People stand near a police car that was destroyed in an explosion in front of a police station in Benghazi earlier this month. Four police officers have been killed in another attack in the Libyan city. REUTERS/Esam Al-Fetori
Four policemen in the eastern Libyan city of Benghazi were
killed when a police compound was attacked, a security
official said, in the latest violence to plague the cradle of
The attack is believed to be linked to the recent detention
of two men in connection with several assassinations of
security officials in the city, as the assault happened next
door to a police station where they were being held.
Unknown assailants fired a rocket-propelled grenade at the
compound, which houses patrol cars, damaging an office and
killing one policeman, police spokesman Khaled Hidar said.
A gun battle then followed and three of the police
reinforcements who arrived at the scene were killed.
"It was a long battle. Three other policemen were severely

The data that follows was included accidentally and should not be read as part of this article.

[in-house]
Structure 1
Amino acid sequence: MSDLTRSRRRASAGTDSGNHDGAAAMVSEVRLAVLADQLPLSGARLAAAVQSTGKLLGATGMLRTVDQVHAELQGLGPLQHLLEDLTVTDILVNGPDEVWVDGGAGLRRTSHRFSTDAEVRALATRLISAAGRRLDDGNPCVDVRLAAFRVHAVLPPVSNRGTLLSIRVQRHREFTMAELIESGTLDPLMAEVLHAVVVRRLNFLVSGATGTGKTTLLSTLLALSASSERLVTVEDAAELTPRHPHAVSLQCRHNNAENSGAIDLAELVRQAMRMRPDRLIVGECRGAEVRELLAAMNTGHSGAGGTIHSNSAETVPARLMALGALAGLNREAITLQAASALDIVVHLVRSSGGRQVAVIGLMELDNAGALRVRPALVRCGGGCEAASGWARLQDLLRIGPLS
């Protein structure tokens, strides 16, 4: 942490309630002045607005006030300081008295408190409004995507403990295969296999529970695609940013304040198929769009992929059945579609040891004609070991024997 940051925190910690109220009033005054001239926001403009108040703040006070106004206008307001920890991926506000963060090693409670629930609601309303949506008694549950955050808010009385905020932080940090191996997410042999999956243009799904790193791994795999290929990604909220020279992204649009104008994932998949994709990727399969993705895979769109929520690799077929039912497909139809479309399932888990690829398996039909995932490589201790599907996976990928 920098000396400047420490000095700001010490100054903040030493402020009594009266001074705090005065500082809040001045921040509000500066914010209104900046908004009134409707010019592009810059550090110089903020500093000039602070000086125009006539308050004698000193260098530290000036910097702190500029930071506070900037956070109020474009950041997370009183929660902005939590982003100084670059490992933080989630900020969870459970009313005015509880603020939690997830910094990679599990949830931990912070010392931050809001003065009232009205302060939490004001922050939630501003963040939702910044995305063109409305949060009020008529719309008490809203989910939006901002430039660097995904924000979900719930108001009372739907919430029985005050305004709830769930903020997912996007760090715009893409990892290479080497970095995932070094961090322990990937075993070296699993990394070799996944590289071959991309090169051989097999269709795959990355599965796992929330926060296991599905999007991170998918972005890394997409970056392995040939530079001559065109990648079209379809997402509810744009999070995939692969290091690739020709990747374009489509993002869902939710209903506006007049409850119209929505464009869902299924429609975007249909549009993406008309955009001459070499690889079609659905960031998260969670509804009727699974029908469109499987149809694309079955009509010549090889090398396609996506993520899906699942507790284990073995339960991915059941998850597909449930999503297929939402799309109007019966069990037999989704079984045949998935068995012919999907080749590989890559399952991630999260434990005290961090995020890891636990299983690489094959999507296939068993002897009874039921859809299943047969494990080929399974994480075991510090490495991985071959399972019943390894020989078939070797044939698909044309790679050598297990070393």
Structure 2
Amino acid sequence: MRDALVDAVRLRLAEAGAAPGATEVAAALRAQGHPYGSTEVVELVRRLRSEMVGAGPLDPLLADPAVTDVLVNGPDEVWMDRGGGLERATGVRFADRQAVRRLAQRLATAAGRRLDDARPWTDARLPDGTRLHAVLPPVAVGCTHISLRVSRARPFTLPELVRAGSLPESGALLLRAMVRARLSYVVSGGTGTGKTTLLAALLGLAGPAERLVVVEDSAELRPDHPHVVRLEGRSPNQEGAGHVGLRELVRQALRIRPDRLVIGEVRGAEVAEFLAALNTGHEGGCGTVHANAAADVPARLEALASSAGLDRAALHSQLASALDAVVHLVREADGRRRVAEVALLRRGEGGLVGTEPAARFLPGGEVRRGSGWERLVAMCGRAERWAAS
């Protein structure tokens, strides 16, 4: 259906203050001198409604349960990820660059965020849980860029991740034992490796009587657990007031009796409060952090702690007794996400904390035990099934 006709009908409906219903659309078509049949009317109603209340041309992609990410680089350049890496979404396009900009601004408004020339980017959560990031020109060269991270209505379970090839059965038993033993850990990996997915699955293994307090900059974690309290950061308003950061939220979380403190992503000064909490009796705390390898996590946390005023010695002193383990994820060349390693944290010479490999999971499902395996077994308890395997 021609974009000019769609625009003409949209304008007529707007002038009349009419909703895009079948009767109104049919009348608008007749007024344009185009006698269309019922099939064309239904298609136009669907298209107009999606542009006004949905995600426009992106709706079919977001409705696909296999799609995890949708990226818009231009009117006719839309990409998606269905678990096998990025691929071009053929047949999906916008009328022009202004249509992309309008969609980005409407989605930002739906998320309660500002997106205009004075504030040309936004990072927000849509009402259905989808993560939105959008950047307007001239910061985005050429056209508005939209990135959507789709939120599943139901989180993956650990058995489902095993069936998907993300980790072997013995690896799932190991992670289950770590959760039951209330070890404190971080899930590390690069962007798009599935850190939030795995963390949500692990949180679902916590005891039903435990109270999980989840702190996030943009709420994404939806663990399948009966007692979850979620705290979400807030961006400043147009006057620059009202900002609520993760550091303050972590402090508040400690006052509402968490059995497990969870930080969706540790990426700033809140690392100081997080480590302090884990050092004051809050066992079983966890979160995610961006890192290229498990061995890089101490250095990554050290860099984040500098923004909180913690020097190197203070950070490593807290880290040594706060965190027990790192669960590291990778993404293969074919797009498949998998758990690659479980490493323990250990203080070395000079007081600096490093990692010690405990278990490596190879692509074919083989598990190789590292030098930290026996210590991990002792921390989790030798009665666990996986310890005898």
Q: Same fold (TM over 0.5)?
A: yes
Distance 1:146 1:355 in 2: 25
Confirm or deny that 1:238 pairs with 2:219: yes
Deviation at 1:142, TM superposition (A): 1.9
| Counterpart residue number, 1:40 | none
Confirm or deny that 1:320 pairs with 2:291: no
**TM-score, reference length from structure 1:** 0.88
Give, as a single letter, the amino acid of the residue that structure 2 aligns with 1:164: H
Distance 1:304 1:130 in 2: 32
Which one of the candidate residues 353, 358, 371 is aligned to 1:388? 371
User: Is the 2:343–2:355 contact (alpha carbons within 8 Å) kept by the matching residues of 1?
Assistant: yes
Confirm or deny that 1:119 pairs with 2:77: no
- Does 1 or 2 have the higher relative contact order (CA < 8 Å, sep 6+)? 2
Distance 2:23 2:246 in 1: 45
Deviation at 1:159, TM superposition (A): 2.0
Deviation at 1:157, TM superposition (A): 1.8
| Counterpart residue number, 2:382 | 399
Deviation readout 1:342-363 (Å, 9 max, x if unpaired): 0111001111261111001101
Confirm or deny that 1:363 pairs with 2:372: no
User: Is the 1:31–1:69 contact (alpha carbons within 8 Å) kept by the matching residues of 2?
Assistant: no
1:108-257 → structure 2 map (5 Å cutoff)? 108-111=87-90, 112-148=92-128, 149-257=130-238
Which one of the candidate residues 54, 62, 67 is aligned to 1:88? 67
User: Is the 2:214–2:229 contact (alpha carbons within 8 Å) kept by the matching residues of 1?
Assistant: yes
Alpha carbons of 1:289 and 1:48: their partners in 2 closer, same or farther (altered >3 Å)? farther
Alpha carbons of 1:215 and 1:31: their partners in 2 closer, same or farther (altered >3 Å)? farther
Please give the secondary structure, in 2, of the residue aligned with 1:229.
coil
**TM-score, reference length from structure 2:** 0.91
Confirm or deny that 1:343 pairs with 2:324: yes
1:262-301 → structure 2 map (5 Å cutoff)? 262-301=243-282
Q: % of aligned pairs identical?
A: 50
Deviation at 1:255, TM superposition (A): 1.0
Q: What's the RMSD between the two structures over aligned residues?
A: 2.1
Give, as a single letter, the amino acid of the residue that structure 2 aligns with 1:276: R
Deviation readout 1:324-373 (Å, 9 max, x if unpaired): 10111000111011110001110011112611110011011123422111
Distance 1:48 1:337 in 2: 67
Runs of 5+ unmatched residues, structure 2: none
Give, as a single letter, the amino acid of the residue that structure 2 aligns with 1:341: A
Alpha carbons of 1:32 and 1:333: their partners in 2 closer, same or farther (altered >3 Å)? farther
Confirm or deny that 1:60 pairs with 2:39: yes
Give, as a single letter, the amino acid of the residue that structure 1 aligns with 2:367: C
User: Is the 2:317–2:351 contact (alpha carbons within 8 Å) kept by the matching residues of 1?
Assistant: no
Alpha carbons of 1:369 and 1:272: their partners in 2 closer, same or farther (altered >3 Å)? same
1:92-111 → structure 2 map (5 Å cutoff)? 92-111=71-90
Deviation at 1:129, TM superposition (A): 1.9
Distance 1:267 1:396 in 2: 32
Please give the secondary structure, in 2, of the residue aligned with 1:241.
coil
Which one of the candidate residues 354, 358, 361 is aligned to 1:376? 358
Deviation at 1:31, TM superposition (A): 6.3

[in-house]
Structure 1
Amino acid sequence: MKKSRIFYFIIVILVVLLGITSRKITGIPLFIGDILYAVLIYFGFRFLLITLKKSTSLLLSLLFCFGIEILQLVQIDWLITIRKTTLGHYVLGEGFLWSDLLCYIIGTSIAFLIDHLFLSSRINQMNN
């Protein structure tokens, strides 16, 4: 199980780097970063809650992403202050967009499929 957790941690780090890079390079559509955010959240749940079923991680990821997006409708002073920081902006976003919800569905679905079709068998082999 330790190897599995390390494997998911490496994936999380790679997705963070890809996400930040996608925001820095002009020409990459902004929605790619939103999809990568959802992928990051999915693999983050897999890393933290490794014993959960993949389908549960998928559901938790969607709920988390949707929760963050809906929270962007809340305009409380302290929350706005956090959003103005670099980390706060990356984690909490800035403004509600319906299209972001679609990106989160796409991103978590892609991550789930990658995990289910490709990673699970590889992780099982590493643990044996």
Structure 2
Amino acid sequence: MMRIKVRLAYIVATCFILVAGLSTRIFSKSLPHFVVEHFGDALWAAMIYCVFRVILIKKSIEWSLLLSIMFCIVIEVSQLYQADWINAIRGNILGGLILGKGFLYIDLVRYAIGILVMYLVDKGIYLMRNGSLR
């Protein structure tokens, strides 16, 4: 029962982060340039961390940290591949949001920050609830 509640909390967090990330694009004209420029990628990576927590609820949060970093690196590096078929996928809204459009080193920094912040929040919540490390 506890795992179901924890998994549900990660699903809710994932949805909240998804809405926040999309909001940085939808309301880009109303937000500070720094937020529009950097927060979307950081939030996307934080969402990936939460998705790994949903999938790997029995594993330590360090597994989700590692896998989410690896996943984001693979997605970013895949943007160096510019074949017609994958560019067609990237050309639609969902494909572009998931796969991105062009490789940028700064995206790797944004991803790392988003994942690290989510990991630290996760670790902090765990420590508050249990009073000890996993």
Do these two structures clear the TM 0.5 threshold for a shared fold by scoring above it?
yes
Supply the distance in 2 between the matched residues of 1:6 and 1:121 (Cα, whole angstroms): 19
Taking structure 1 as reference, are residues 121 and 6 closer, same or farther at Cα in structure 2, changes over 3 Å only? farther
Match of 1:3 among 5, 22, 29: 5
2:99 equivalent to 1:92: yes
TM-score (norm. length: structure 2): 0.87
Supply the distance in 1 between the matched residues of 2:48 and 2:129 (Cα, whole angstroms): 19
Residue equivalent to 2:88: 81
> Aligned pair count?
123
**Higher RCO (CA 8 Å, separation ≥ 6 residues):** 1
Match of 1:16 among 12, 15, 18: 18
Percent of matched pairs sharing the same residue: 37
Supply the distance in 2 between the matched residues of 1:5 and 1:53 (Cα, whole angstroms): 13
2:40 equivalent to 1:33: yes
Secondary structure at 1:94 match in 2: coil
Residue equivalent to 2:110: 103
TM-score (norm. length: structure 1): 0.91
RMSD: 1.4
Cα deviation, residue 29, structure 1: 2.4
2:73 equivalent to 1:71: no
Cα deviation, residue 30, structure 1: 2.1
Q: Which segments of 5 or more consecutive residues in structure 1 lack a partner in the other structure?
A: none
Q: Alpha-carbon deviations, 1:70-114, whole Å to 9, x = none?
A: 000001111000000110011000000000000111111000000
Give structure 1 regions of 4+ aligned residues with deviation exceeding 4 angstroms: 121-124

injured," Hidar said.
He said two men recently detained in connection with a series
of assassinations in the city, including that of Benghazi
police chief Faraj al-Deirsy last month, were being held in
the police station next door. Deirsy was killed in front of
his home last month.
"This happened as two people were detained recently ... in
connection with the series of assassinations in Benghazi,"
Hidar said, adding that Libya's new interior minister had
ordered police reinforcements to Benghazi.
In September, the U.S. ambassador to Libya and three other
Americans were killed in an attack on the U.S. consulate in
Benghazi, the worst of a string of attacks on international
convoys and official buildings in the city.
Libya's government is struggling to contain former fighters
and militias who gained power during last year's uprising,
which started in Benghazi and went on to oust Muammar
On Saturday, clashes broke out in the former Gaddafi
stronghold of Bani Walid, and three members of the security
forces were killed, according to an official from the office
of the army's chief of staff. The violence began after
security forces tried to make an arrest in the town.
Forces aligned to the Defence Ministry captured Bani Walid on
Oct. 24 amid chaotic scenes that demonstrated the weakness of
the new government's hold over militiamen who owe it
allegiance but largely do as they please.